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The Discovery of Global Warming: Revised and Expanded Edition (New Histories of Science, Technology, and Medicine) Revised Edition
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Top Customer Reviews
I'm a scientist, and I use this book in a course that teaches different approaches to complex problems. Climate science is one heck of a complex problem, and the history of its science presents a fascinating introduction to how interdisciplinarity is necessary in some cases. Most of my students, many of whom are science phobic, enjoy the book and find it eye opening.
Pros: Really well written, accessible, easy to follow, and tells a fascinating history.
Cons: It may be a little dry to someone not that interested in science.
Bottom line: great intro to climate change science history.
Notwithstanding such difficulties, the process moved forward and the result was a resulting portrait of vast, chaotic weather systems that over time yielded an understanding of climate chance on Earth. He author insists that through concerted efforts over more than 150 years scientists came to a consensus that a number of human interventions, including the burning of carbon fuels and the use of aerosols, have created the current situation and some among them have been clamoring for a public policy response since the 1980s.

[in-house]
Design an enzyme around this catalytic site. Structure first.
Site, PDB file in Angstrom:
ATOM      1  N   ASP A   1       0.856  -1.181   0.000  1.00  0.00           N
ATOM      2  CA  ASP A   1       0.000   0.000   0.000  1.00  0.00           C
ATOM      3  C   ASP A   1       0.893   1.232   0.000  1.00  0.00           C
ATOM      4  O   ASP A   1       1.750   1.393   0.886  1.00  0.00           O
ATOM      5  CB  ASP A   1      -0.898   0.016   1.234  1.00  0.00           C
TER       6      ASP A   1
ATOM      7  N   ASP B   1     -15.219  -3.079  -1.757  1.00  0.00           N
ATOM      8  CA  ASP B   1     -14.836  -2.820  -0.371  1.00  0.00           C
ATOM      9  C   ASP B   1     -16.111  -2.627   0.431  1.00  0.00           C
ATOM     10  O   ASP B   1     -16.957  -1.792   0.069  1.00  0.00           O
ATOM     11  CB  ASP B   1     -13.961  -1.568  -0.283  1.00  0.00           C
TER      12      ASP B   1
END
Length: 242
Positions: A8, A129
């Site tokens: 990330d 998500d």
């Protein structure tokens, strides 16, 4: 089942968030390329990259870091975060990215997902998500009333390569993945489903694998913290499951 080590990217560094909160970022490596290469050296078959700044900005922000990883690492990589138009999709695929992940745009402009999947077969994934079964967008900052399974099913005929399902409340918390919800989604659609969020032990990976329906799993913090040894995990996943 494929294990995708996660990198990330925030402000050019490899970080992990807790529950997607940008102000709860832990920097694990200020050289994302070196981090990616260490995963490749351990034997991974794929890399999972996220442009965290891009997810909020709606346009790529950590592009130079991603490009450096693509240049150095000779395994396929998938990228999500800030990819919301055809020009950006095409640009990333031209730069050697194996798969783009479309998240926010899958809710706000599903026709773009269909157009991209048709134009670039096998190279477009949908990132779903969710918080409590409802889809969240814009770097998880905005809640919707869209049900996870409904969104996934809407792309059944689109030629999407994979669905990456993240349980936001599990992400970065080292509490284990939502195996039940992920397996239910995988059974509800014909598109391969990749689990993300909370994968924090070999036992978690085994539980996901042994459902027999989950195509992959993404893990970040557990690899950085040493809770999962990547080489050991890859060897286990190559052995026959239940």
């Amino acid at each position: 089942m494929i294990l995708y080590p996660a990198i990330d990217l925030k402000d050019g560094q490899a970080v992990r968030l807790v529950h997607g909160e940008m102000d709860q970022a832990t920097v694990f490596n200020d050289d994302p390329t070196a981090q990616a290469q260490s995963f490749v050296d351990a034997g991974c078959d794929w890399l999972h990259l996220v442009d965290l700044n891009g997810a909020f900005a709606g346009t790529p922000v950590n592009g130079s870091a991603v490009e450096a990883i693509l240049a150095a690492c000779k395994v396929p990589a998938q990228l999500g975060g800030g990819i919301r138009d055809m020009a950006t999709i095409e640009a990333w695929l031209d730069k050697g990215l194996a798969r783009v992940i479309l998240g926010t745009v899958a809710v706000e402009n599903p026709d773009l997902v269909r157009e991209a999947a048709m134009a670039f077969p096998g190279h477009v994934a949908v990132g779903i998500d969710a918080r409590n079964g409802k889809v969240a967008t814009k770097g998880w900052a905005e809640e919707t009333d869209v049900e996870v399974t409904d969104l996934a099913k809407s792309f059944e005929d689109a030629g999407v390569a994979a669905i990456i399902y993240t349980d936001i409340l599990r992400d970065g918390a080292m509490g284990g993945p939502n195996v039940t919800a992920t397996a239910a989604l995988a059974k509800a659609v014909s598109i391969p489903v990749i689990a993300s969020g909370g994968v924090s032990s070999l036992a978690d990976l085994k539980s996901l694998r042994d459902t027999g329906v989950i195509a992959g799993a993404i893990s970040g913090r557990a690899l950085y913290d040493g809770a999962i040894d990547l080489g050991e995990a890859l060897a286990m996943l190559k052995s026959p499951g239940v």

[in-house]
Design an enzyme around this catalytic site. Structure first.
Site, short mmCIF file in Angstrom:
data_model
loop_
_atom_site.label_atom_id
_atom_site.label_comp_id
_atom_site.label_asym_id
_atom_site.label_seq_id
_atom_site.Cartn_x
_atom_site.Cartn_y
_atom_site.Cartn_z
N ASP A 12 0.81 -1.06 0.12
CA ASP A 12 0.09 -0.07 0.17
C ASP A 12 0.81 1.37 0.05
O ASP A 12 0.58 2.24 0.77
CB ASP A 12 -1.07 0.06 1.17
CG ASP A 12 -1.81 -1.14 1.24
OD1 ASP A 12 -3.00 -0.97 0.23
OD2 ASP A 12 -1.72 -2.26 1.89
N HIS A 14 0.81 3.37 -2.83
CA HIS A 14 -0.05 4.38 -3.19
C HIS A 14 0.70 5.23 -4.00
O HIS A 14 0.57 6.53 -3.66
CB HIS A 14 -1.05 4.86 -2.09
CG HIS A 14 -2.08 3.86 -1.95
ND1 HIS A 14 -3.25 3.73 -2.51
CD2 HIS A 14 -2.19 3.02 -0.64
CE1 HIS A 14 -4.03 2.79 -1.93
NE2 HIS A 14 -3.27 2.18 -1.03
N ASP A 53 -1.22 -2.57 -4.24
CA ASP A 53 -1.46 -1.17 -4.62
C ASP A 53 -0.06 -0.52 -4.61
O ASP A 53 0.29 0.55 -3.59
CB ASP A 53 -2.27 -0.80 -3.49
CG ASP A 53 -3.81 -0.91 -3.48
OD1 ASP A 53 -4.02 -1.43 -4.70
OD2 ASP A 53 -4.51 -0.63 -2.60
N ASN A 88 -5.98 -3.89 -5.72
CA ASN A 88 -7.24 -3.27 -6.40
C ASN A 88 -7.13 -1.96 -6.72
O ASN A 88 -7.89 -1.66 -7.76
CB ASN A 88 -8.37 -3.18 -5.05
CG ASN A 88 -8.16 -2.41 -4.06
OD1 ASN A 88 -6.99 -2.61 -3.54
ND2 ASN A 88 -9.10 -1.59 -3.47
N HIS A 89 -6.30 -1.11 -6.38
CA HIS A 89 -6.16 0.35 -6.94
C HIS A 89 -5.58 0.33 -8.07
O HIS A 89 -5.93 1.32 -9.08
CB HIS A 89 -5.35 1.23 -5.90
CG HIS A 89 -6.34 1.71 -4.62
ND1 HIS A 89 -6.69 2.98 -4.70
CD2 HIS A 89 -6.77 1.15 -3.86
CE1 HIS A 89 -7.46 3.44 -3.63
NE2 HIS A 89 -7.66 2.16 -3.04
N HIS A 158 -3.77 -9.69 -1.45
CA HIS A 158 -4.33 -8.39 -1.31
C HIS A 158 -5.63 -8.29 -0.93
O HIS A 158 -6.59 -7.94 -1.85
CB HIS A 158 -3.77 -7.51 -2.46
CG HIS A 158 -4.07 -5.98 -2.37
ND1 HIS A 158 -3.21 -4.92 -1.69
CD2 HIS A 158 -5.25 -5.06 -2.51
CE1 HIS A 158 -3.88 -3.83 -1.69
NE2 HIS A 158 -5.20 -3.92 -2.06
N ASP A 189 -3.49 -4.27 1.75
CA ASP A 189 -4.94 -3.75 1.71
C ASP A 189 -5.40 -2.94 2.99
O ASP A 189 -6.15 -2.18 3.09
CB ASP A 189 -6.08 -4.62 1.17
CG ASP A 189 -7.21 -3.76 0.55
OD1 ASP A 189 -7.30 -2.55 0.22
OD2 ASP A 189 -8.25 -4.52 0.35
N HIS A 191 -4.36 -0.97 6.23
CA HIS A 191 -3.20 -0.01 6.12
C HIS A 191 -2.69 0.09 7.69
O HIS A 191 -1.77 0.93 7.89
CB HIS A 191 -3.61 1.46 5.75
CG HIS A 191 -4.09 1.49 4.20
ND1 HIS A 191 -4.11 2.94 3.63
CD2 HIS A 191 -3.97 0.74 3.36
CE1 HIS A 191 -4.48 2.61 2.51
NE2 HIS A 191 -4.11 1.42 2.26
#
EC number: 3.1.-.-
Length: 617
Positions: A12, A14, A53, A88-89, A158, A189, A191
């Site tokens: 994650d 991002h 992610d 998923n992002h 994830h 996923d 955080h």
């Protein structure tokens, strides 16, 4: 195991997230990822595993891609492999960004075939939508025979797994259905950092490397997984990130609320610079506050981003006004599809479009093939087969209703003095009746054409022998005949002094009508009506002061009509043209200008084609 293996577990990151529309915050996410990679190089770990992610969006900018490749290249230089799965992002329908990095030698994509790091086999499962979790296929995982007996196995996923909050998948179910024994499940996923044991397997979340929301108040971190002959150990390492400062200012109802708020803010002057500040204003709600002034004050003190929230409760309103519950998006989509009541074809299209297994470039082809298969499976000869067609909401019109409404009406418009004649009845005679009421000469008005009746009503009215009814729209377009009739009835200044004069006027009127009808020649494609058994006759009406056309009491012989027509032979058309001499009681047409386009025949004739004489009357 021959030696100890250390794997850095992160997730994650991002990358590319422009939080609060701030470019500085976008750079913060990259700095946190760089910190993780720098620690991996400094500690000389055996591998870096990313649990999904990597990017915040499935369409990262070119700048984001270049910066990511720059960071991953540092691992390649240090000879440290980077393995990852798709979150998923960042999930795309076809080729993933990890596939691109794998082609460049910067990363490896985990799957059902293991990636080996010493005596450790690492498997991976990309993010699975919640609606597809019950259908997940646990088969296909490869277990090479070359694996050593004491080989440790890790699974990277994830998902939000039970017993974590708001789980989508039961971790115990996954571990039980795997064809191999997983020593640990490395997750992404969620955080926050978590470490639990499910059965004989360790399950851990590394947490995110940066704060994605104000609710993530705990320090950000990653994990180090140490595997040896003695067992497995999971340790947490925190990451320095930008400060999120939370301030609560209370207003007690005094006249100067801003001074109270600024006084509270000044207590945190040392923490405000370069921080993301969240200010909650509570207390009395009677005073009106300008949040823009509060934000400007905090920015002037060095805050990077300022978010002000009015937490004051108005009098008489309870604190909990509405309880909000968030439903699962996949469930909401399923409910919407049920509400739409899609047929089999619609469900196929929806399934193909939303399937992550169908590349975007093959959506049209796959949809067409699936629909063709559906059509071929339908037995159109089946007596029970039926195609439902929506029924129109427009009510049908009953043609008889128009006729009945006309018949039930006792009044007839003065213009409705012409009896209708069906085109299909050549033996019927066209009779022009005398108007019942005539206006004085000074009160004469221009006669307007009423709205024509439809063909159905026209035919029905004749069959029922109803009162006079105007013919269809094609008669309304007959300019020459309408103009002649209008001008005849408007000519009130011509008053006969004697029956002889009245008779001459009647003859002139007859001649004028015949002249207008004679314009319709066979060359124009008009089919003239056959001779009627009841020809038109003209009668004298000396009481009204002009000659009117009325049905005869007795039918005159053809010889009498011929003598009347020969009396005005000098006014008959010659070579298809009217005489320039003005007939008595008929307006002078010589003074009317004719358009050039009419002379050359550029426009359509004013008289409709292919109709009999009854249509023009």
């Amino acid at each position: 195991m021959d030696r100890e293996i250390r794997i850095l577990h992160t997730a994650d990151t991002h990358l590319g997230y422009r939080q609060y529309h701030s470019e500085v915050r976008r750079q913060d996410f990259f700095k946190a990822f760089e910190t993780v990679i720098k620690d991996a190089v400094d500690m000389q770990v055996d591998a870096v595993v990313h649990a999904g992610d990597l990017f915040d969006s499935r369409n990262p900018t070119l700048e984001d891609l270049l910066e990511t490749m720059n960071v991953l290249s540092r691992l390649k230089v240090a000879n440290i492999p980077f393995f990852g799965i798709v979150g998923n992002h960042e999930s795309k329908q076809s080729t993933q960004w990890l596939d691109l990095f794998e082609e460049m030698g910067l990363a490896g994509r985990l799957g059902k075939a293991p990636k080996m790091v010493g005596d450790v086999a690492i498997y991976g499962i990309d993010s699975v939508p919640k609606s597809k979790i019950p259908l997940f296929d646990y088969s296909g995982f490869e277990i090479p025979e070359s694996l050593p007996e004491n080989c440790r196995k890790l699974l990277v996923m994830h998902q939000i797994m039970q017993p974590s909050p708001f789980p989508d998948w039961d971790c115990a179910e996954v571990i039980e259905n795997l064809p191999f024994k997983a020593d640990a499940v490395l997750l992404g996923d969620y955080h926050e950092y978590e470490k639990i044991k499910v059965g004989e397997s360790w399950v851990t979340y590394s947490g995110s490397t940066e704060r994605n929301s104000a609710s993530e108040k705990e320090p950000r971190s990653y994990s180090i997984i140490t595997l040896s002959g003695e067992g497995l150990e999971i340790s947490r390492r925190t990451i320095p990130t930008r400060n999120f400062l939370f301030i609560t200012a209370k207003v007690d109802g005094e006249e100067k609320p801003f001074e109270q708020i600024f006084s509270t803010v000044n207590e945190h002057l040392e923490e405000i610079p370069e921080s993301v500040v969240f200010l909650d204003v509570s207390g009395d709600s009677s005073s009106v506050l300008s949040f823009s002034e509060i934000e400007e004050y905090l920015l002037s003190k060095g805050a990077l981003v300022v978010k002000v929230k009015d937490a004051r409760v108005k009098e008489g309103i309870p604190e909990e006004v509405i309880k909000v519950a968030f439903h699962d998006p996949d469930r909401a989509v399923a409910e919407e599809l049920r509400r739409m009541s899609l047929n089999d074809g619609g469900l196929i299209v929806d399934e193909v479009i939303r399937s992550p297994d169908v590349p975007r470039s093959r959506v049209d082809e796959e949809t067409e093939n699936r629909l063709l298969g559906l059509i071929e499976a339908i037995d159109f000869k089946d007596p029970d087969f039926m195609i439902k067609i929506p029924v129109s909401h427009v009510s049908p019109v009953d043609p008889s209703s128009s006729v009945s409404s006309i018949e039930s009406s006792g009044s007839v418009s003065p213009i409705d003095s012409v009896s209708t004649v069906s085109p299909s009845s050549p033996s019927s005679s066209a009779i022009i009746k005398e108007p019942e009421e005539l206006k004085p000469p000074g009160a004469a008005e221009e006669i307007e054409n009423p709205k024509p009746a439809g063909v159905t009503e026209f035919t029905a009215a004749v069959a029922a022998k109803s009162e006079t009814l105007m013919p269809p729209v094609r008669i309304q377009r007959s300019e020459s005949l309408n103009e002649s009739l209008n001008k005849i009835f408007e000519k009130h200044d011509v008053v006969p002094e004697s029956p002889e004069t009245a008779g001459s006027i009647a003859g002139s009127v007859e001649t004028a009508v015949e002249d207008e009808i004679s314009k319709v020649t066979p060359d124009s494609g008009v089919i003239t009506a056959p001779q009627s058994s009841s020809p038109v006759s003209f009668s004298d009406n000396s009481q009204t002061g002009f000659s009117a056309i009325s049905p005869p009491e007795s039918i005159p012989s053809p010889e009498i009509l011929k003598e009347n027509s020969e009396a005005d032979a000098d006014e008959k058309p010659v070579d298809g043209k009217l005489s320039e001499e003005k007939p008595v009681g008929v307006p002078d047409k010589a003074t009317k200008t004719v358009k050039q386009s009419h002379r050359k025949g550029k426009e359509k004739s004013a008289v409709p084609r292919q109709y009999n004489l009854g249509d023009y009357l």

This only came about because of a long process of incremental research rather than through dramatic discovery. Weart quotes one climate scientist involved in this process as characterizing climate science as a "capricious beast" and "we were poking it with a sharp stick" (p. 141). It was much harder to understand and more wily than they first realized.Read more ›
The Discovery of Global Warming is a well-written, concise history of the science of climate change and the resulting discovery of global warming. From Arrhenius in 1896 breaking with the assumption of an unchanging Earth climate through to the politics of the Kyoto accords and New York Times headlines, Spencer Weart's book traces how science, often esoteric science, combines and builds a consistent overall view. Climate can and does change, and not merely over geological time scales but over the scale of a human lifetime. Understanding both the data and the models required to connect the data with natural processes has not been easy. The subtlety of data from ice cores, lakebeds, stratospheric winds, and local weather stations ultimately yields the punch line of "global warming" but it's the chase, not the capture, that is the heart of this book.
This chase has turned out to have far more twists, turns, and blind alleys than most would have guessed at the time. What controls the climate? Is it the variation of the Sun, as noted by Herschel in the eighteenth century? Is it the stability of the cold deep waters of the ocean? Or the transformation of old growth forests to grazing land? Greenhouse gases trapped in tropical forests? Or hidden away in blue-green algae? And what of the petrochemical haze of Los Angeles and the killing fog of London? What is a symptom and what is a cause? And further, what do the symptoms truly imply?Read more ›